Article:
Colorado Man Shares Warnings about Ghost Guns
Published 7:03 am Tuesday, December 20, 2022
DENVER – The United States Attorney’s Office for the District of Colorado, the ATF and the Denver Police Department, are joining forces to raise awareness about gun violence that is taking innocent lives. Illegally owned, privately made firearms or “ghost guns” are part of the problem. “Ghost guns” are guns that do not have serial numbers, making them harder to trace if used in a crime. These guns are often purchased without a background check, even though such purchases are illegal. “Untraceable firearms are being used to commit crimes. People who wouldn’t otherwise be able to get a gun because of their age or background, are getting ahold of these weapons,” said ATF Special Agent in Charge David S. Booth. The Department of Justice reports 45-thousand privately made firearms are known, including 692 guns linked to murder or attempted homicide investigations. One defendant is warning others about the dangers of getting caught up in this criminal activity.
Saul Ramirez Escobedo used to build ghost guns. Escobedo said a close relative recruited him to buy parts, make the weapons, and sell them. Escobedo said, “When COVID hit, my job slowed down a lot. I was struggling to pay my bills. He taught me how to build firearms. You construct your own firearm, you go out, shoot it, it works. I’ve never been in trouble with the law before. Never done this kind of stuff before. The way he explained it to me, you won’t get in trouble. It was more cause like it was cheaper selling it from outside than going to the store and going through the whole process.” But Escobedo did get in trouble. He was arrested and pleaded guilty in federal court to conspiracy to deal firearms without a license. Escobedo received leniency for his willingness to accept responsibility and Judge Christine M. Arguello sentenced Escobedo to four years of probation, and he is now a convicted felon. “Right now, you look at the media, there’s a lot of killings going on, you see a lot of people shooting each other, mass killings and stuff. I started looking into that and thought, ‘man that could be one of the guns I put out on the streets’, and it’s really scary,” Escobedo said.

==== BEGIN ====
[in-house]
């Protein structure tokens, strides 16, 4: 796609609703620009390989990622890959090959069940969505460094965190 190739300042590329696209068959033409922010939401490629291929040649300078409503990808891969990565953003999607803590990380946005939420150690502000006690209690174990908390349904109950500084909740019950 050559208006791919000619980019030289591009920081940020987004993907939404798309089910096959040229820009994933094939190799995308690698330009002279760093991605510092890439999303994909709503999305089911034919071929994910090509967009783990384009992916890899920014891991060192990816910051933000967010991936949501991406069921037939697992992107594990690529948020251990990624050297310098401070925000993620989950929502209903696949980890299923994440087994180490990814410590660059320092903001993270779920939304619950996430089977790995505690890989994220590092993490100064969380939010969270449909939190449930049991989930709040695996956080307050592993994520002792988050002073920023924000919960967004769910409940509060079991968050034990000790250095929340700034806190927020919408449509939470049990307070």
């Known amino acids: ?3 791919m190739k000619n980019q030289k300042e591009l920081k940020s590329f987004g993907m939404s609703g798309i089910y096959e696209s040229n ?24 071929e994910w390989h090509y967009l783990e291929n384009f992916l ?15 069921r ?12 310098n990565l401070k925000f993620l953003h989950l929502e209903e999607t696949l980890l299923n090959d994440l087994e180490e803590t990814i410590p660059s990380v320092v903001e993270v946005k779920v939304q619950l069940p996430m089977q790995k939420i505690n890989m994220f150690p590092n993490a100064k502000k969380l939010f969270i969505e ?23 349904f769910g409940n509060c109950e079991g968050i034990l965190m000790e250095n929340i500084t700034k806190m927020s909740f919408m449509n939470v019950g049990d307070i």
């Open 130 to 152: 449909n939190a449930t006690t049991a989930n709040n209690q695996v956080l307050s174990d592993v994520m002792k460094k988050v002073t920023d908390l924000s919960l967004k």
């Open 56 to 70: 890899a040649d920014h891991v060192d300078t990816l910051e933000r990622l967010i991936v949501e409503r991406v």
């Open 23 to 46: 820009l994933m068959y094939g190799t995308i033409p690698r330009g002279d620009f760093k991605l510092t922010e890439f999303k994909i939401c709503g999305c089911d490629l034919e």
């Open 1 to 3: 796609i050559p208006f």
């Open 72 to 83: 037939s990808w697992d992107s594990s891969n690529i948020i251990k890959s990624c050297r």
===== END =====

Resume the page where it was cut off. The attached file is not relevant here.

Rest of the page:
Co-defendant, Luis Daniel Marquez, pleaded guilty to conspiracy to deal firearms without a license and possession with intent to distribute methamphetamine. Judge Arguello sentenced Marquez to 90 months in federal prison.
“We will use all available tools to tackle gun violence. We remain committed to saving innocent lives by enforcing federal firearms laws,” said United States Attorney Cole Finegan.
Denver Police Chief Ron Thomas said, “In Denver, it is illegal to possess or manufacture non serialized firearms. And the Denver Police Department is committed to recovering illegal guns, to include ghost guns, to keep people safe and prevent gun violence in our community.“
Dealing firearms without a license is illegal. Call the ATF at 888-ATF-TIPS to report illegal firearms activity.
This public service announcement is part of Project Safe Neighborhoods (PSN), a program bringing together all levels of law enforcement and the communities they serve to reduce violent crime and gun violence, and to make our neighborhoods safer for everyone. On May 26, 2021, the Department launched a violent crime reduction strategy strengthening PSN based on these core principles: fostering trust and legitimacy in our communities, supporting community-based organizations that help prevent violence from occurring in the first place, setting focused and strategic enforcement priorities, and measuring the results.
On April 11, 2022, the Attorney General signed ATF final rule, Definition of “Frame or Receiver” and Identification of Firearms, which modernizes the definition of a firearm. This rule went into effect late this summer and clarifies that parts kits that are readily convertible to firearms are subject to the same regulations as traditional firearms. These regulatory updates will help curb the proliferation of “ghost guns,” which are often assembled from kits, do not contain serial numbers, and are sold without background checks, making them difficult to trace and easy to acquire by criminals. More information can be found here: ATF Definition of “Frame or Receiver” and Identification of Firearms